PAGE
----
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Not only was today wet, but we experienced 40 m.p.h. winds, and it was cold.
The flowers were taking another battering. It was a day for beetles, not for bees.
Thinking that few people would visit the recycling centre today, we transported two bags of green waste there. We were so wrong. The queue was 45 minutes long. Still, we got rid of our clippings and came back with one terra cotta and two stone planters.
Here, therefore, is what Paul Clarke terms a rainy day post. I scanned the next batch of my Streets of London series of colour slides from May 2004.
I couldn’t make my mind up about whether this elegant house in Crane Grove N7 is Georgian or Victorian. Neither, it seems, can the Estate Agent who has it on the RightMove website priced at £1,500,000, and described as period. The period of the inside looks to me like last week.
We are told that Highbury Corner is within walking distance of this home. I zoomed in on the block of flats that had attracted my attention because Arsenal’s championship Year was being celebrated on the top floor.
Even nearer is Digswell Street with its gross graffiti. This lies off the Highbury end of Holloway Road, part of the A1 running North from Highbury Corner. It may, of course, have been cleaned up by now.
Upper Street is a continuation of this major thoroughfare running South.
From Islington we move back to West London in the form of Clifton Gardens W9, in Little Venice, which, I think, was being graced with new street lighting. That is a pretty mature plane tree in the front garden of the building behind the wall.
Clifton Gardens becomes the short stretch of Clifton Road before Maida Vale is reached.
In a basement at that corner Clifton’s restaurant struggled to survive in the 1990s, eventually making way for an Indian restaurant which didn’t last very long. Well, it wouldn’t, being diagonally across the road from the Akash.
I was an occasional visitor to this rather good subterranean eating place with normally excellent wines. John, the proprietor, was keen on the Daily Telegraph cryptic crossword. On learning of my sideline in such puzzles, he would sometimes seek my assistance.
This was in the time when people still smoked in restaurants. I smoked a pipe, but never in a restaurant. John had a ceiling extractor fan which he insisted had been installed for me to smoke my pipe. I did, occasionally when, as often, there were no other customers. The proprietor was prone to relate that Ringo Starr brought his family there on Sundays.
Observant readers will have noticed, the ‘normally’ in the description of the wines. The reason for this is that this is so far the only place where I had had to return a corked bottle. Poor John had to agree, and was rather upset at having served it.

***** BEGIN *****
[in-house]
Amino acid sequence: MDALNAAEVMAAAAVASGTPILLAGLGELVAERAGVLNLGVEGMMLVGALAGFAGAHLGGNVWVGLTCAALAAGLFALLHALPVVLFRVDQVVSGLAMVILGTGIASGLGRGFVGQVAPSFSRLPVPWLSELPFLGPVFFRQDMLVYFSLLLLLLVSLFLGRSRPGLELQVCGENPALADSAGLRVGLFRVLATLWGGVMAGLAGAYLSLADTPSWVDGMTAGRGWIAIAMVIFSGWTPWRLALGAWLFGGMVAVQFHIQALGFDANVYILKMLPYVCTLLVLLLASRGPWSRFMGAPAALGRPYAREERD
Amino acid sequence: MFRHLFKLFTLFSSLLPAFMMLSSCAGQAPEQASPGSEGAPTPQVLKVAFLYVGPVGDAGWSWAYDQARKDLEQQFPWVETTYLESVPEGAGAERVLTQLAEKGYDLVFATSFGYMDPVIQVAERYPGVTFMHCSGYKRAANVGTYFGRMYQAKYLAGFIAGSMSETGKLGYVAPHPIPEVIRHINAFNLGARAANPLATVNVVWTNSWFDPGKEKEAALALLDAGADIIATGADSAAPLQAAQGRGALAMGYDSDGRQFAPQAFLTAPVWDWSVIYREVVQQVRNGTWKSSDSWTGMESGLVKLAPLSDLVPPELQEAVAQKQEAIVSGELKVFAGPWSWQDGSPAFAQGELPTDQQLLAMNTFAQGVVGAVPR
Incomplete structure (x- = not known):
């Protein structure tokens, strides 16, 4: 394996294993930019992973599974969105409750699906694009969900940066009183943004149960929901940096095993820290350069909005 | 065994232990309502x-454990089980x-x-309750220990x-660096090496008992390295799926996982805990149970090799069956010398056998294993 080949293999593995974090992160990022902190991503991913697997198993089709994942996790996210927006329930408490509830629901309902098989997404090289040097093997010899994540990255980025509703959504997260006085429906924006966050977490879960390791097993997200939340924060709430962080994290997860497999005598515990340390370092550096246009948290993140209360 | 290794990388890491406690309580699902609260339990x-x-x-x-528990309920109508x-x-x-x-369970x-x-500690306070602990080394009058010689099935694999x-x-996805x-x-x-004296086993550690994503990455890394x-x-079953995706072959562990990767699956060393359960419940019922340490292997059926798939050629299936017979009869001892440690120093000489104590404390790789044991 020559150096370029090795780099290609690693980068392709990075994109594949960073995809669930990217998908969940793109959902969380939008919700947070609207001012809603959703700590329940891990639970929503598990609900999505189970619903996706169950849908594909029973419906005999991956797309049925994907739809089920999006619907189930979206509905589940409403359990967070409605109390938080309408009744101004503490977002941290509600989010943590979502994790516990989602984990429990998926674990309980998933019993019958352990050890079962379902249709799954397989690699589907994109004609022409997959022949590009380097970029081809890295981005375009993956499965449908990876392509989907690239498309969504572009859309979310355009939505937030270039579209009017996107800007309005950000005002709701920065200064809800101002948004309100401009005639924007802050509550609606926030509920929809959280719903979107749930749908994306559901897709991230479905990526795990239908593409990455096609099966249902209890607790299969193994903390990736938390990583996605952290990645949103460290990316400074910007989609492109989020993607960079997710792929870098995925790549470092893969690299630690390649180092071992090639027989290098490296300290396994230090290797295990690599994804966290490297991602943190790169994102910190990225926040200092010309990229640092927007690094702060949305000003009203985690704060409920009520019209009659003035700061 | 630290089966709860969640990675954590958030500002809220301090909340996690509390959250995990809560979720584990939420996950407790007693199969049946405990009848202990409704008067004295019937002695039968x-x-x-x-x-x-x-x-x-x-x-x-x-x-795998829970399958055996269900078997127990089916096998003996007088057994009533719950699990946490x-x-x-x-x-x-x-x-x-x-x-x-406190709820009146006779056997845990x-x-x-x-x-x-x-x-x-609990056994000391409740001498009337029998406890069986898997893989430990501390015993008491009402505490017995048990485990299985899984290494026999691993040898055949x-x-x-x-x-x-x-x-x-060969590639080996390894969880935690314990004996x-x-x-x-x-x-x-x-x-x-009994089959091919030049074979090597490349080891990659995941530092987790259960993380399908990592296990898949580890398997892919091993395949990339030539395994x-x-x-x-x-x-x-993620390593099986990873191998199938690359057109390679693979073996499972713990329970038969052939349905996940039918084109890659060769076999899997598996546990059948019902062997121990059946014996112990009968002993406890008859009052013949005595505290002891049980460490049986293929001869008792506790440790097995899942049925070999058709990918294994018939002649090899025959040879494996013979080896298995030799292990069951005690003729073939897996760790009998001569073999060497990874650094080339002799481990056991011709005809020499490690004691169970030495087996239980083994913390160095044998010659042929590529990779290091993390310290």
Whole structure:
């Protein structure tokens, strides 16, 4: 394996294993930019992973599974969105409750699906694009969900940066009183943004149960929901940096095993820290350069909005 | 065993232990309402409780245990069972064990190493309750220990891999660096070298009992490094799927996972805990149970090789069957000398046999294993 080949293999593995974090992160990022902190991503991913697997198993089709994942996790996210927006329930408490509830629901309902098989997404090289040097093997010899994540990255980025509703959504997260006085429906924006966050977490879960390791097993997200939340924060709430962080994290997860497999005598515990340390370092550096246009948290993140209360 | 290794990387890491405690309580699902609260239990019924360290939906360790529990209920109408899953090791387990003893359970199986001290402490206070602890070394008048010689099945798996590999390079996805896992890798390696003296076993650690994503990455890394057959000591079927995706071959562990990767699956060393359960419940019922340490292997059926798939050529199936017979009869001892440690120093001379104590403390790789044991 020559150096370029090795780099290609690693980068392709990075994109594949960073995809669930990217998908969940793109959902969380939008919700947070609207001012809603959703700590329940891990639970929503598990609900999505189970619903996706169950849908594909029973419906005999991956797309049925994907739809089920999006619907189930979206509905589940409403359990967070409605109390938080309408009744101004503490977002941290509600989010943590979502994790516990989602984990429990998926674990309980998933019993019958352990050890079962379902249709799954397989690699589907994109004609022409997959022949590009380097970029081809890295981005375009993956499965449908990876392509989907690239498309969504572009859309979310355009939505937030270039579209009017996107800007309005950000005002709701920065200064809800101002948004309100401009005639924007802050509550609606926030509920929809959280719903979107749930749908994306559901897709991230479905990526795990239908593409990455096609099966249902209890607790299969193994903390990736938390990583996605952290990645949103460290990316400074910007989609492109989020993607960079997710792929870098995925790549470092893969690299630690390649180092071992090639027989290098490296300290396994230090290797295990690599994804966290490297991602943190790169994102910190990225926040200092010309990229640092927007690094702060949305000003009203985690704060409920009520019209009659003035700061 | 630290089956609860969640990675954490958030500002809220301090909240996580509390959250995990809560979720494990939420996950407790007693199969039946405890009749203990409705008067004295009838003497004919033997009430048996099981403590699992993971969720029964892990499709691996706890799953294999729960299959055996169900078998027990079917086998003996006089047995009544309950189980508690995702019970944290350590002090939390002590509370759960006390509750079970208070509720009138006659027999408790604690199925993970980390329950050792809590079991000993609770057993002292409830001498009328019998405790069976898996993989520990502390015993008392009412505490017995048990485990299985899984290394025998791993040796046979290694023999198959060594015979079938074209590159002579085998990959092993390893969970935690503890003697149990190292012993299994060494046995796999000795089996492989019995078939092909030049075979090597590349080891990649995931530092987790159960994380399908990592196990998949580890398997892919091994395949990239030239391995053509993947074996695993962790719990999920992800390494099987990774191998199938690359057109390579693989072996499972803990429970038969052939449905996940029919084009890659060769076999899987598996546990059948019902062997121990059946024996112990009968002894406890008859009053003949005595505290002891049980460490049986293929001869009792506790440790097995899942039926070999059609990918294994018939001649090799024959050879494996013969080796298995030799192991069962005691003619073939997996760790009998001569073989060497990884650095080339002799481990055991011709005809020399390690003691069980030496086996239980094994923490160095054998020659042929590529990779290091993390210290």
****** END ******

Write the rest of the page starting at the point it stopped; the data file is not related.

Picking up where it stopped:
On one memorable occasion a young gentleman behind me was introducing his lady companion to the joys of the spaghetti Westerns of Sergio Leone. This was the trio of low budget films bringing Clint Eastwood to fame as ‘The Man with no Name’. It just happened that I was a fan, and have been known to join in other people’s conversations. I couldn’t resist it. I just had to turn, politely ask if I could add my two pennyworth, and upon being welcomed, observe: ‘Forget Clint Eastwood. Lee Van Cleef is the man’. This made my interlocutor’s day. He agreed entirely. I hopefully thought that with any luck the young woman was amused. I was being rather tongue in cheek of course, but Van Cleef had the looks for the part.
On the opposite corner of Maida Vale, with Hall Road, stands one of the luxurious apartment blocks that line this part of the A5.
Vale Close, just North of this point, is a small private road. Who would place this within a mile of Marble Arch?
For dinner this evening, Jackie produced a wholesome heart casserole, with crunchy carrots, new potatoes and green beans, followed by scones. These latter were eaten like those in traditional West Country cream teas, that is, with clotted cream and strawberry jam. This gave us a problem. These cream teas are native to both Dorset and Devon. The trouble is in one county you put the cream on first, and in the other, the jam. We couldn’t remember which was which, but we did think we might Google it and follow the practice of the county which had supplied our West Country Clotted Cream.
The address of the distributor was in East Kilbride in Scotland.
I put my cream on first. I don’t know which way the Culinary Queen voted.
Jackie drank Hoegaarden and I finished the Carles.